The next morning at around 10 o’clock, Tommy was visited by a German flying officer who presented his compliments and invited him out to lunch. He sent a barber to Thomson to give him a shave and a little while later they went out for a lunch of hamburger steak, soup, beans and beer. The conversation was a mixture of German, English and French. The German aviator (Could it have been Schafer the pilot that shot Tommy down?) traded Tommy a blanket and bar of soap for his fur-lined Government Issue flying suit. These suits were much sought after by German pilots for their warmth and the stylish feature of wearing gear from a captured enemy. Thomson said he later lost the blanket but he kept the soap for the entire time he was in captivity and judging by the looks of most of the Germans he saw, he came to the conclusion that it was the only bar of soap in Germany.
PS * This isn't the actual bar of soap given to Tommy, this is just a photo to illustrate the story.
A day or so later on a sunny Sunday morning, Thomson was transferred to the city jail in Courtrai, Belgium. He found several other prisoners there both British and Belgian. It was at Courtrai that Tommy began to believe in angels for they were visited by three women – one English (a Mrs. Fosatti who had been interned since 1914, a French woman and a Belgian) who had formed a volunteer committee to visit allied prisoners. Their visits were tolerated by the Germans and the prisoners were very appreciative of the gifts of toothpaste, a fresh shirt and strawberries. In addition to these gifts the men were visited by the young daughter of a local baker by the name of de Saegher. The young girls name was Julia and chaperoned by her brother Henri, she passed the gauntlet of frowning German guards to bring the men fresh rolls twice a week. The morning Thomson was transferred out of Courtrai, Julia presented Tommy with a parcel containing fresh eggs, sardines, rolls and butter, worth at that time, their weight in gold.
Years later in 1940 when the German army again rolled across the fertile lands of Belgium, Thomson wondered what had ever become of the little girl who had shown so much bravery and kindness to him when he was a prisoner of war. He wrote a small poem titled “The Child of Courtrai” which was published in the New York Herald Tribune. Little did Thomson know that the young girl was now grown, married and living in the United States. The poem was noticed by a freind of Julia's and she quickly contacted the paper to let Thomson know of her whereabouts. Enquires were made, letters written and telegrams sent and a touching reunion was arranged. The local press picked up the story and several newspaper articles were written. Eventually even Time magazine got wind of the coincidence and ran a short story about it in the June 24th issue in 1940.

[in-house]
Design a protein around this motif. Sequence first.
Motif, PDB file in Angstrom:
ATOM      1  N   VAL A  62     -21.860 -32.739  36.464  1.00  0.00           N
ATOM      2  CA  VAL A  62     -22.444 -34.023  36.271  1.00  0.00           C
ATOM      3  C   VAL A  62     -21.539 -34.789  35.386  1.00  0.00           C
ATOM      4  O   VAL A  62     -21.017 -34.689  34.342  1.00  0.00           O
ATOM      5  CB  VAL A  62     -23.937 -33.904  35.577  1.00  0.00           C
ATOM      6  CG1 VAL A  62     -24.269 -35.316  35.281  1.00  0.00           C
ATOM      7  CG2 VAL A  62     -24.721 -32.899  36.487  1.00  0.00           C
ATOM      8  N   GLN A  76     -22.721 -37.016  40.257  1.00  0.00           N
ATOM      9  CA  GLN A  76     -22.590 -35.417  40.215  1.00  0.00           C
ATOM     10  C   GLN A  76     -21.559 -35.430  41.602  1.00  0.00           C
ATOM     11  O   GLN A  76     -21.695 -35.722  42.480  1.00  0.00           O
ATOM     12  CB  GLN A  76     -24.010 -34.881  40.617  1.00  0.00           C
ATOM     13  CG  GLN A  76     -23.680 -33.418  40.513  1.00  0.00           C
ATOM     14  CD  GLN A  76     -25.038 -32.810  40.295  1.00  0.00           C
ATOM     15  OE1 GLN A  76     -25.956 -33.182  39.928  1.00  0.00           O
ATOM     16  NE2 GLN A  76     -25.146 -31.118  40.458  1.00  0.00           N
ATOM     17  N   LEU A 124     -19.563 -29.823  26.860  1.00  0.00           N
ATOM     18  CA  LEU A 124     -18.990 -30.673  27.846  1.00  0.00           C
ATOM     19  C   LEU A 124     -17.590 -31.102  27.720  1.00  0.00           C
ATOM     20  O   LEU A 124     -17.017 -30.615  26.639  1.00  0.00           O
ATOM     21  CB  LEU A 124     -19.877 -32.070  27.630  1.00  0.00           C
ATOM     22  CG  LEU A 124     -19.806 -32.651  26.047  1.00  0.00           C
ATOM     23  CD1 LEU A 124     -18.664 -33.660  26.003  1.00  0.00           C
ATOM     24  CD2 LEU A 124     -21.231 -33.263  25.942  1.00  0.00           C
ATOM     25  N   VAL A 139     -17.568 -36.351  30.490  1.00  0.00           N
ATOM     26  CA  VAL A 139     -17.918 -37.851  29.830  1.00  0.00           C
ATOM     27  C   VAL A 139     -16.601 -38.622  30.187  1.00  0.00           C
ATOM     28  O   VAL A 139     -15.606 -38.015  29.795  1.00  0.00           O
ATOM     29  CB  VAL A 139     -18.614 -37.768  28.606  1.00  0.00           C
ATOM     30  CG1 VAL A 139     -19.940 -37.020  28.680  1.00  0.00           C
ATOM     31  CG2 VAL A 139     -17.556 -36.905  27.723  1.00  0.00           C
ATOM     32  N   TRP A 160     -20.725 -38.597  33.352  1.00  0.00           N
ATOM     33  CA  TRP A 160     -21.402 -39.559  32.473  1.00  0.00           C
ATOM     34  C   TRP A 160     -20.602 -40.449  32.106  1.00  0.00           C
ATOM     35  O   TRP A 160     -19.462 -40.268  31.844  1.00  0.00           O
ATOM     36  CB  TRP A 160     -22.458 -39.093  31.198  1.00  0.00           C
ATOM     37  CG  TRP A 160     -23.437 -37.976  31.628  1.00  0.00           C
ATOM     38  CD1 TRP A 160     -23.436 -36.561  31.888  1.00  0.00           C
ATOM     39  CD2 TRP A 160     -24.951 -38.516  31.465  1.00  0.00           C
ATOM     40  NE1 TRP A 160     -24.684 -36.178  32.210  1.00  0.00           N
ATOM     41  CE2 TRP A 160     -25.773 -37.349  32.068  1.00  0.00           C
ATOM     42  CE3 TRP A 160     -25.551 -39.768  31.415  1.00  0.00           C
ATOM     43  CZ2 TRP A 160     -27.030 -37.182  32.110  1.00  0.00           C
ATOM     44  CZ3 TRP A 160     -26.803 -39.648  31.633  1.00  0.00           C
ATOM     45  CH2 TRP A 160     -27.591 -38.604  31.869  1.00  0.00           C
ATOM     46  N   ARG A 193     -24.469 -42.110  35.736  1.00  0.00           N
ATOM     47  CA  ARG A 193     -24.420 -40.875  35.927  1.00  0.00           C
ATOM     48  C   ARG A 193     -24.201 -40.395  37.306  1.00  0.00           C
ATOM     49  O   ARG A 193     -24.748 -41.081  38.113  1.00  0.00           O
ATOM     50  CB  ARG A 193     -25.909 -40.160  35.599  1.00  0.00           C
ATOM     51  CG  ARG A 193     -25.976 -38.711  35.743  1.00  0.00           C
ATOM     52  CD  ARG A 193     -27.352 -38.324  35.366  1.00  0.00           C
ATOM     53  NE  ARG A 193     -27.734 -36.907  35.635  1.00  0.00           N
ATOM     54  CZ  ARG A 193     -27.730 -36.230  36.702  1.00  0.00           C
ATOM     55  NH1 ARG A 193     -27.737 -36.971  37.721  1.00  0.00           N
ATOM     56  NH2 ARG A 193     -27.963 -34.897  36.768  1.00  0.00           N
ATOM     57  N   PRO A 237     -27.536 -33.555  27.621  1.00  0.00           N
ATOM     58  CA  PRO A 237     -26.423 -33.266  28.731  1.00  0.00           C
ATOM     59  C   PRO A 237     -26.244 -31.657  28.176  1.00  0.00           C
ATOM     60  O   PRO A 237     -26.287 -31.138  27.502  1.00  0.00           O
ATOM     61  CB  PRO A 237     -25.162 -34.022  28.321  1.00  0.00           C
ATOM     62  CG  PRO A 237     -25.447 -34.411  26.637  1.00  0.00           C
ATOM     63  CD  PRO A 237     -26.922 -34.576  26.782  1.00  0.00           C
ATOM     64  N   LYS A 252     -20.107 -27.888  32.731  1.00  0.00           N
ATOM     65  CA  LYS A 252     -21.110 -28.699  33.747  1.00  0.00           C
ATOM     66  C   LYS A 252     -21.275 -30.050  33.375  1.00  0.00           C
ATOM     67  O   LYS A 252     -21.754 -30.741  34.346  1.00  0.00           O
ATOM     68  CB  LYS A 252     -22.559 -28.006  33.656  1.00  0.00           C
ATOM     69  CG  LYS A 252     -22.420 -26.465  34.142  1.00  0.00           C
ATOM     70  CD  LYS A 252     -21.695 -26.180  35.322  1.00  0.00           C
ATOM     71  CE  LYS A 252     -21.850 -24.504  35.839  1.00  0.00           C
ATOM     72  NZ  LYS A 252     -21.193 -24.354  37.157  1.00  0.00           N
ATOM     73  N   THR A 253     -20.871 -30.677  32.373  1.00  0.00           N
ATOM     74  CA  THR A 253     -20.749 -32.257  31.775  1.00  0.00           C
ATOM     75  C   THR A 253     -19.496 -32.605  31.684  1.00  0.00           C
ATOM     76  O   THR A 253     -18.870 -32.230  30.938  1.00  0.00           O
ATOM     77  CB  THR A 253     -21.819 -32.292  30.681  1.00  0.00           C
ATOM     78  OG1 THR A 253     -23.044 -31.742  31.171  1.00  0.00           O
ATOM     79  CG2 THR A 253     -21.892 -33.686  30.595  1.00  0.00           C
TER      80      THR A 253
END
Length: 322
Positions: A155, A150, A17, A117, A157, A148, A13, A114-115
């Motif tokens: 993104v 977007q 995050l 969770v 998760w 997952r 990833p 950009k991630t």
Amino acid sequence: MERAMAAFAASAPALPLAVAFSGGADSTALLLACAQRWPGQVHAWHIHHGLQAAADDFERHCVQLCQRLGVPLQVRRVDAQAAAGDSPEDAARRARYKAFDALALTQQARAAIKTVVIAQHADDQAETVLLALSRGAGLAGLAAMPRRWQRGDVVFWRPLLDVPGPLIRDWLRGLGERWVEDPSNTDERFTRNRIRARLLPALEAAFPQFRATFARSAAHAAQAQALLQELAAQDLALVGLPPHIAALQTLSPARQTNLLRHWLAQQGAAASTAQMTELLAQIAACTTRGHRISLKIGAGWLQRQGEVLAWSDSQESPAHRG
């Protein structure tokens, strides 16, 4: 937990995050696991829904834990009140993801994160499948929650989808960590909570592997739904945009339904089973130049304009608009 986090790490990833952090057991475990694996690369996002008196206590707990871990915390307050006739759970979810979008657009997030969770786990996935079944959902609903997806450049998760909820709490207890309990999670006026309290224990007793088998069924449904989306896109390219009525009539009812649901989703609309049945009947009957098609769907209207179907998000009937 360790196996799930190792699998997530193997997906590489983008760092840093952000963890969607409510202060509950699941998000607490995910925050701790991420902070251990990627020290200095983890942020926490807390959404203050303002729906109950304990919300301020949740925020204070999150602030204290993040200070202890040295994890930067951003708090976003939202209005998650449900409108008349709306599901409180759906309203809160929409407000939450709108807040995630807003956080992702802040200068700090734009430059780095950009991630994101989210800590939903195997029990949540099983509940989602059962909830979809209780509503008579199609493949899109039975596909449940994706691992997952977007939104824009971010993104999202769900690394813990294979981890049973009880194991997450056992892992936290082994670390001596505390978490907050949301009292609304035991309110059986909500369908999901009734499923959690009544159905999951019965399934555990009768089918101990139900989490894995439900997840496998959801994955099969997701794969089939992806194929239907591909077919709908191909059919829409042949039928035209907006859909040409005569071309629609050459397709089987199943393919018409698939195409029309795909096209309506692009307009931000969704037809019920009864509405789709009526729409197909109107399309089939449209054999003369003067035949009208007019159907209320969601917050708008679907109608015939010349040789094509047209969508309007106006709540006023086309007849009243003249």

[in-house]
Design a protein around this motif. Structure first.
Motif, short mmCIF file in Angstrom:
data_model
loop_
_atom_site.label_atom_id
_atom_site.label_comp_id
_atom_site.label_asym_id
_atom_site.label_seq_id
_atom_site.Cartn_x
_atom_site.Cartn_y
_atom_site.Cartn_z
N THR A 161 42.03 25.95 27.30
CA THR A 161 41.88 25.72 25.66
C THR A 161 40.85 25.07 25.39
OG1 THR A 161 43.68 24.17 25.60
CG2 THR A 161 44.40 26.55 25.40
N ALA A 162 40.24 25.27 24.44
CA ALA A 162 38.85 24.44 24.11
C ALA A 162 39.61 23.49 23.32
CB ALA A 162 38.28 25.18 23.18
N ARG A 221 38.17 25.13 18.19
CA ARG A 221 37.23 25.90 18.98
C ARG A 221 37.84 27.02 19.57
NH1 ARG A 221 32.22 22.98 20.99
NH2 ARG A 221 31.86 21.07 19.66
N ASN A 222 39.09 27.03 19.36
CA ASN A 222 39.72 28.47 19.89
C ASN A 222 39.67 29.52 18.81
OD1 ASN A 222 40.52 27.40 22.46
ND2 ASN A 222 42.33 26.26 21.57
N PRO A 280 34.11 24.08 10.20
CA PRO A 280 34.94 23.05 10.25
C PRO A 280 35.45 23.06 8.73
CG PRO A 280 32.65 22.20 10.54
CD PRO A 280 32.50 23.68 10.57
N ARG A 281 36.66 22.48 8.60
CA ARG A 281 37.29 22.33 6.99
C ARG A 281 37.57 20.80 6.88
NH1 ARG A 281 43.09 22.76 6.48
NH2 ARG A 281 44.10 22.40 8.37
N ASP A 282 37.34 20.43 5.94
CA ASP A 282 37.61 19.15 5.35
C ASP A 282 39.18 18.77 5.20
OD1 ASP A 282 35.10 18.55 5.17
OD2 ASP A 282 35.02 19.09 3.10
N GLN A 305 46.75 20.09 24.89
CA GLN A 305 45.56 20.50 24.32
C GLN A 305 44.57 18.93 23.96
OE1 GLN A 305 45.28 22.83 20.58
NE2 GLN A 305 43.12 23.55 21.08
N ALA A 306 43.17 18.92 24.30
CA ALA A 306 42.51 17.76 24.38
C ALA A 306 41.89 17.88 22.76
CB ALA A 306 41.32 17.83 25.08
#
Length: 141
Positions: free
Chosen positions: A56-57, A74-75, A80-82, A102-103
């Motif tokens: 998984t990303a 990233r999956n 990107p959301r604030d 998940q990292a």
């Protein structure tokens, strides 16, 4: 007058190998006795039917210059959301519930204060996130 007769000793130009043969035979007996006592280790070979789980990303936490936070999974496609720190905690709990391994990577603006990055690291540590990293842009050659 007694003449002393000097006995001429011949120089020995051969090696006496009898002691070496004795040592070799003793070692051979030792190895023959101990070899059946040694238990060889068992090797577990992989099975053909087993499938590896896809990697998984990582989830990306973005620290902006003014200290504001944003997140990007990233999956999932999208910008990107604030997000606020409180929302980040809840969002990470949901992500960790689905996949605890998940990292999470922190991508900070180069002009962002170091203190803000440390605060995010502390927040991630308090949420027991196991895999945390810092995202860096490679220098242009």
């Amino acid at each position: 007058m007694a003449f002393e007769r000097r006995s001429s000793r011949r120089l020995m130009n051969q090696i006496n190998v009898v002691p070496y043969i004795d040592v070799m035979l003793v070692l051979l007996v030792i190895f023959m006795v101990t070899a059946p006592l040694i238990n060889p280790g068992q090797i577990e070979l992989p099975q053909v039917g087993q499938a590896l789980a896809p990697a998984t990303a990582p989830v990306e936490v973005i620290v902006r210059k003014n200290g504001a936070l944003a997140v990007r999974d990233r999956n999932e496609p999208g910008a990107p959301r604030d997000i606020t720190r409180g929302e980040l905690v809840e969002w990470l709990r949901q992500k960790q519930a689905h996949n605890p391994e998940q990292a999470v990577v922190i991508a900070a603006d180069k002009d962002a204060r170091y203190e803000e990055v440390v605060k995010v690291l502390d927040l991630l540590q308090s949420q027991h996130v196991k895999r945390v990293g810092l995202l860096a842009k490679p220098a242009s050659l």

Note: The prison at Coutrai, Beligum as it appeared in 1918. This building was destroyed during WW2 and a modern building now stands in its place.
Well Tom, you have certainly outdone yourself this time. This is a fantastic posting with many items I had not seen before. I know what goes into a post of this caliber; thanks for the hard work and great presentation!
[B][COLOR=Black][SIZE=3][FONT=Book Antiqua][I] Steve[/I][/FONT][/SIZE][/COLOR][/B]
[CENTER][I][FONT=Georgia][COLOR=orange]Did you ever get the feeling that the world was a tuxedo and you were a pair of brown shoes?[/COLOR][/FONT]
[SIZE=3][COLOR=lemonchiffon][I][CENTER][FONT=Georgia]"Fly on dear boy, from this dark world of strife. On to the promised land to eternal life"[/FONT][/CENTER]
A very enjoyable thread. Thanks!
June 26, 1918 - The transfer to Germany begins. The train stops in Ghent and the prisoners are housed in an inner room at the train station. Tommy reads the pitifull graffiti left on the walls by Belgians being sent to Germany for forced labor. They leave again that same day and pass through Brussels around 10 o'clock. Throughout the night the train continues on passing through Namur and Leige.
June 17, 1918 - Breakfast in Strassburg, crosses the Rhine by noon at Appenweir and by one that afternoon Tommy reaches the train station at Rastatt in Baden where they are marched to the old fortress prison.
June 18, 1918 - Thomson meets the first Americans he has seen in six months; Dr. Maxon, Dr. Kane and a Lt. Wardle....
Panoramic photo of Thomson's cadet class at Toronto, Canada Oct 16, 1917.
Details of the RFC side-cap, note the Canadian buttons.
Christmas card from the RFC training grounds in Fort Worth, Texas. Once the United States entered the war a reciprocal agreement was made for the RFC to undertake training for 10 Americans squadrons. In exchange both American and Canadian pilots would complete their training in Texas during the winter months.